5) Stock markets in other countries will always be watched. There will be no worrying that the change will affect some company. There will be people there monitoring it all the time. All financial companies will be awake all the time.

6) Stores will have shorter lines. People will all be on such different schedules that they will shop and see movies and do other entertainment things at different hours. Lines will be a bit shorter.

7) No Jet-lag for tourists. I am sure they will appreciate just continuing on their schedule. (Good attraction.)

8) Safety -- If the streets will always be used, at all times, they will be safer. Is many people start work at say, 2 AM, then there will be many people about. That has to increase safety.

9) School facilities can be used round-the-clock. It will make more efficient use of the existing buildings, and relieve overcrowding.

10) If everyone works the same hours then, as anyone who had to work and pick up a package from their home post office knows, things are twice as hard to get done. How can you accept delivery of something if you are at work? If UPS and you work the same hours, then one of you has a real problem. Imagine all the hassle that would be saved by never shutting companies down.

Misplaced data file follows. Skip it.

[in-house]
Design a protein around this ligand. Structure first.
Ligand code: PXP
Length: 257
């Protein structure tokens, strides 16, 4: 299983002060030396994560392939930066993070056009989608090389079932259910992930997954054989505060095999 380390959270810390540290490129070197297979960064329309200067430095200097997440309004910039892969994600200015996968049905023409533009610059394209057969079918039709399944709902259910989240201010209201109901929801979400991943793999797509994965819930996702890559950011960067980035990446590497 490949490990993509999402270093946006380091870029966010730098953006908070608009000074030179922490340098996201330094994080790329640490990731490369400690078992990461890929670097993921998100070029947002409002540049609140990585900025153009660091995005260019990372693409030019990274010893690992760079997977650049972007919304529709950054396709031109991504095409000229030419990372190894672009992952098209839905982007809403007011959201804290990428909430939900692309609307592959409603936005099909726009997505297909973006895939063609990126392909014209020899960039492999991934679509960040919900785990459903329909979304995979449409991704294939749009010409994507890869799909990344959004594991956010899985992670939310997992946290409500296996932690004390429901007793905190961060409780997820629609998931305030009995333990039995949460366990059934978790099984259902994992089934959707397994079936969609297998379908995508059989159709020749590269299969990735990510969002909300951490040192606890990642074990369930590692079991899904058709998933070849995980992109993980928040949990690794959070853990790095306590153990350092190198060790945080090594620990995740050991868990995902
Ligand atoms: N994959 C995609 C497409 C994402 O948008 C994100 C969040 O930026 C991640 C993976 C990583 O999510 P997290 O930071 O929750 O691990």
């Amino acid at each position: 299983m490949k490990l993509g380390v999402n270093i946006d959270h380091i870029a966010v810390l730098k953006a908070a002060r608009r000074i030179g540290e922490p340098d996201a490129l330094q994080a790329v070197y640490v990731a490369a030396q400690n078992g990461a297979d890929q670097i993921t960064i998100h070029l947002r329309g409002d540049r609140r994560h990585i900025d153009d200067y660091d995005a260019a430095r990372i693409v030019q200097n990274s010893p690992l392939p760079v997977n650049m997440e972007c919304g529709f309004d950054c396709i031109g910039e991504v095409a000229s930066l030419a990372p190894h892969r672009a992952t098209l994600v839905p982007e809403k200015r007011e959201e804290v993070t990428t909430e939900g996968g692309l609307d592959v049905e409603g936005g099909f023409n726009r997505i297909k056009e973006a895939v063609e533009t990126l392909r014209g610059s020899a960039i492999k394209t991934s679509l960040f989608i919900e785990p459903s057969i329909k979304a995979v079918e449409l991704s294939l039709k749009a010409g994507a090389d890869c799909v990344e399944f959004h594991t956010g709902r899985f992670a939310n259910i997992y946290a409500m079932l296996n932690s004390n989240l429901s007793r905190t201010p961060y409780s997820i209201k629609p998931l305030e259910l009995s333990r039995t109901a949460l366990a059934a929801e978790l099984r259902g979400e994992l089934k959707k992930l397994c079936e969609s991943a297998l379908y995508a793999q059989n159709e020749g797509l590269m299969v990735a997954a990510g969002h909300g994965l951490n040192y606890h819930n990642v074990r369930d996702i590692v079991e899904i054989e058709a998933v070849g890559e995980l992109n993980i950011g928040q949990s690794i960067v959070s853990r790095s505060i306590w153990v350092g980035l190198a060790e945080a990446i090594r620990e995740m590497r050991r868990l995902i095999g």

This is something that should lefinitely be encouraged. Maybe the mayor should announce a new NY-24 campaign -celebrating the city that never sleeps.

I think that any movie I have seen that had a number in its title wasn't too bad. (Think: 2001, 12 monkeys, 9 1/2 weeks, Seven . . .Four Rooms)
I am in middle of a boring conference on some stuff I barely understand. Hell, execpt for the speaker there are probably less than 100 people on the planet who understand or care to. What the heck am I doing here?

Monday, June 10, 2002

Brooklyn life

Brooklyn (where I am right now) seems to have a political life of its own in a way that other boroughs do not. There is a lot of stuff that happens here. When you watch the news in New York it seems that people in Queens get hit by cars (which is quite sad), but people in Brooklyn have issues with cars. There are many kinds of people here and that seems to make for good controversy. We also have our accent. I always liked that.

Saturday, June 08, 2002

Modern life

It is amazing that someone can be on a plane to Moscow on three and a half hours notice.

New York

New York (Manhattan) is a lonely city sometimes on a Saturday afternoon.